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An American Tragedy

An American Tragedy(1931)

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teaser An American Tragedy (1931)

The better-known 1951 film version of Theodore Dreiser's 1925 novel An American Tragedy is A Place in the Sun, directed by George Stevens and starring Montgomery Clift as a poor but ambitious young man; Elizabeth Taylor as the rich girl he loves; and Shelley Winters as the hapless working-class girl he seduces, with disastrous consequences. But the rarely-seen first film version of the novel was made in 1931, just six years after the book was published, and it was directed by one of that era's most distinctive auteurs.

For Austrian-born director Josef von Sternberg, An American Tragedy was a radical departure from the glamour-soaked American vehicles he made in the early 1930s starring Marlene Dietrich. At the time, von Sternberg was still in the throes of his personal and professional obsession with Dietrich--two American collaborations had quickly followed their first film together, The Blue Angel. Dietrich had returned to Germany to visit her family and to recover from bad reviews. At loose ends, von Sternberg took on an even more challenging adversary, An American Tragedy's author Theodore Dreiser. As von Sternberg wrote in his memoir, "I took a rest doing a little finger exercise on An American Tragedy. My knuckles were rapped this time also."

Paramount had bought the film rights to Dreiser's book (which was based on a real murder case from 1906), and Russian director Sergei Eisenstein, then under contract at the studio, had originally been slated to write and direct. Eisenstein delivered a treatment for the screenplay, but even though associate producer David O. Selznick called it "the most moving script I have ever read," Paramount head B.P. Schulberg was not impressed and replaced Eisenstein with von Sternberg. Samuel Hoffenberg and von Sternberg wrote a new script, and after the film was finished, the studio screened it for Dreiser, who sued, according to von Sternberg, to "stop its exhibition, claiming it outraged his book." The court allowed the film's release, ordering the studio to restore some of the incidents from the novel which had been deleted from the film. Eisenstein returned to Russia, and never made an American film. The Hayes Office also had some objections, such as references to the couple's efforts to arrange an abortion, which led to the film being banned in several states, England, South Africa and Italy.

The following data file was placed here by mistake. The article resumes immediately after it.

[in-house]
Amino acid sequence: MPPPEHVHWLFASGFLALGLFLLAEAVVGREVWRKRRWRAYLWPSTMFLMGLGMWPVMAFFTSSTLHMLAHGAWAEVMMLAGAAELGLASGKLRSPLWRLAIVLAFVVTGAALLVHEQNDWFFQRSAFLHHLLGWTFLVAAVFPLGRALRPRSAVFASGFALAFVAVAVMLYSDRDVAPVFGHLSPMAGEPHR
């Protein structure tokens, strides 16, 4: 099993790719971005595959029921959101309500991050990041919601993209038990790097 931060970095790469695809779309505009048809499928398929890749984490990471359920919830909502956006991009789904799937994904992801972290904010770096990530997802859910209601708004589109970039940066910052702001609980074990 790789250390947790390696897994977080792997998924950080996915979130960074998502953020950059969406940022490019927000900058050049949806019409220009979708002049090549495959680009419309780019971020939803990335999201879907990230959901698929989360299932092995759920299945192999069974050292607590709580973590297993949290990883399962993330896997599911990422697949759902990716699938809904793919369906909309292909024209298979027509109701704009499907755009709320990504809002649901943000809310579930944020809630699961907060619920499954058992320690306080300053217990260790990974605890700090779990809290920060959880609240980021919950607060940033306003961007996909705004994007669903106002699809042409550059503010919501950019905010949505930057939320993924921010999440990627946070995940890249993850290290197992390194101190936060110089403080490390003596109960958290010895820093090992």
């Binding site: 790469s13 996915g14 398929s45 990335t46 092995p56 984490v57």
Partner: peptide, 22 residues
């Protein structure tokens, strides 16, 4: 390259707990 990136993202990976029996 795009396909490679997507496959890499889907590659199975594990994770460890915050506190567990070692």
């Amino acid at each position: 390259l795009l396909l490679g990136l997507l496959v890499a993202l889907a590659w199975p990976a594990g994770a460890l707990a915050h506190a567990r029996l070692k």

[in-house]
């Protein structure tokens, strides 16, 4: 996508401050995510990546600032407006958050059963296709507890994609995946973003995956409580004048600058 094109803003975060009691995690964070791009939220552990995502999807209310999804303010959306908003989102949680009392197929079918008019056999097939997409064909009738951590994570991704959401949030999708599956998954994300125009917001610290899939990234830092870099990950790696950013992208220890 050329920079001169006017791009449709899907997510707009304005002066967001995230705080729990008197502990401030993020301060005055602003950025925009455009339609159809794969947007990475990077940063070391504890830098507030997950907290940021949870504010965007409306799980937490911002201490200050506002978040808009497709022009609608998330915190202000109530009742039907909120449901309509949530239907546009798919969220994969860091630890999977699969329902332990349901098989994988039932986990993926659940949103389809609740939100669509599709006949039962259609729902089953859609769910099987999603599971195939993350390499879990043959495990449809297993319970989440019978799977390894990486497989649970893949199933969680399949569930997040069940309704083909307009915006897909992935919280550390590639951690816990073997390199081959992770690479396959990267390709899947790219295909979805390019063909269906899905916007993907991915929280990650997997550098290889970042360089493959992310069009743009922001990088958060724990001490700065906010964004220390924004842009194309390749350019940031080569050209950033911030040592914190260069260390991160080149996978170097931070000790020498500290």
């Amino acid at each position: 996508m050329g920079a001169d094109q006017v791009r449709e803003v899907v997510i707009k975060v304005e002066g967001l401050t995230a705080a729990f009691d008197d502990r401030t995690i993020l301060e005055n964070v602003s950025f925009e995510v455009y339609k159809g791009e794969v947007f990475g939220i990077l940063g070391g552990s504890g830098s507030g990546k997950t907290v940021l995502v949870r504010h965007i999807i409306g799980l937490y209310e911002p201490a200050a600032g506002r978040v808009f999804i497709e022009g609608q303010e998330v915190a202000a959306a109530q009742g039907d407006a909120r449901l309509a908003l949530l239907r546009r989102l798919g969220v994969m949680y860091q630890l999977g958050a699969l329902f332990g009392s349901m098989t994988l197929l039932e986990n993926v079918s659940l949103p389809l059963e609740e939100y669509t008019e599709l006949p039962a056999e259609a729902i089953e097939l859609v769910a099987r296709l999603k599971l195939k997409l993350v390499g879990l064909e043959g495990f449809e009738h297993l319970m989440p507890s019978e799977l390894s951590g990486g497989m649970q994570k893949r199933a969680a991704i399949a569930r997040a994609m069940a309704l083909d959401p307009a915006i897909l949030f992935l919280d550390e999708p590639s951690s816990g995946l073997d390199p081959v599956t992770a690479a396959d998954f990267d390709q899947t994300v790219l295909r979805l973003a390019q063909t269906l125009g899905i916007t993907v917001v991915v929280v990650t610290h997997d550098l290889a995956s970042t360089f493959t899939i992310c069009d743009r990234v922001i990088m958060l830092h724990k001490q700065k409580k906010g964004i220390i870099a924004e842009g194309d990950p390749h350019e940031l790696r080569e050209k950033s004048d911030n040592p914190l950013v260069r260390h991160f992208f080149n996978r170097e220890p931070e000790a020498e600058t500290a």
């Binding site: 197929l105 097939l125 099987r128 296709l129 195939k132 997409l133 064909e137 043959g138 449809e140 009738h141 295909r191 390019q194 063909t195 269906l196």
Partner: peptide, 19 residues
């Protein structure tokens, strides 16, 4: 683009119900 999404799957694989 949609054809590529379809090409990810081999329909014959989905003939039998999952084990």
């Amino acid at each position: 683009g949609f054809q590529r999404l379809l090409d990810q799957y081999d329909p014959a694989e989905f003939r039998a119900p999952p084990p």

The strongest performance in An American Tragedy is by Sylvia Sidney as the main character Clyde's downtrodden lover, giving her a poignant appeal that Shelley Winters's drab, downbeat portrayal in A Place in the Sun lacks. A very young Frances Dee, in an early performance as Clyde's rich girlfriend, is also good. But critics found the blond and preppy Phillips Holmes, who plays the main character Clyde, wooden and inexpressive. The Time magazine review called Holmes's performance, in typical Time wisecracking language, as "faintly Barrymorose."

More than 30 years later, re-evaluating An American Tragedy, film historian and critic William K. Everson described the film as the "least familiar and most elusive of all the von Sternberg Paramounts." Noting that "through the years it has been consistently maligned as being "sub-Sternberg, a travesty on the original, little more than cheap melodrama," Everson wrote that it had been critically attacked and was a box office flop. But looking at it with fresh eyes, he found it "a surprisingly powerful and satisfying piece of work," and in comparison to A Place in the Sun, "It is starker, and thus probably closer to the spirit if not the letter of Dreiser's original."

Producer-Director: Josef von Sternberg
Screenplay: Samuel Hoffenstein, based on the novel by Theodore Dreiser
Cinematography: Lee Garmes
Principal Cast: Phillips Holmes (Clyde Griffiths), Sylvia Sidney (Roberta Alden), Frances Dee (Sondra Finchley), Irving Pichel (District Attorney), Frederick Burton (Samuel Griffiths), Claire McDowell (Mrs. Samuel Griffiths), Wallace Middleton (Gilbert Griffiths), Lucille LaVerne (Clyde's mother)
95 minutes

by Margarita Landazuri

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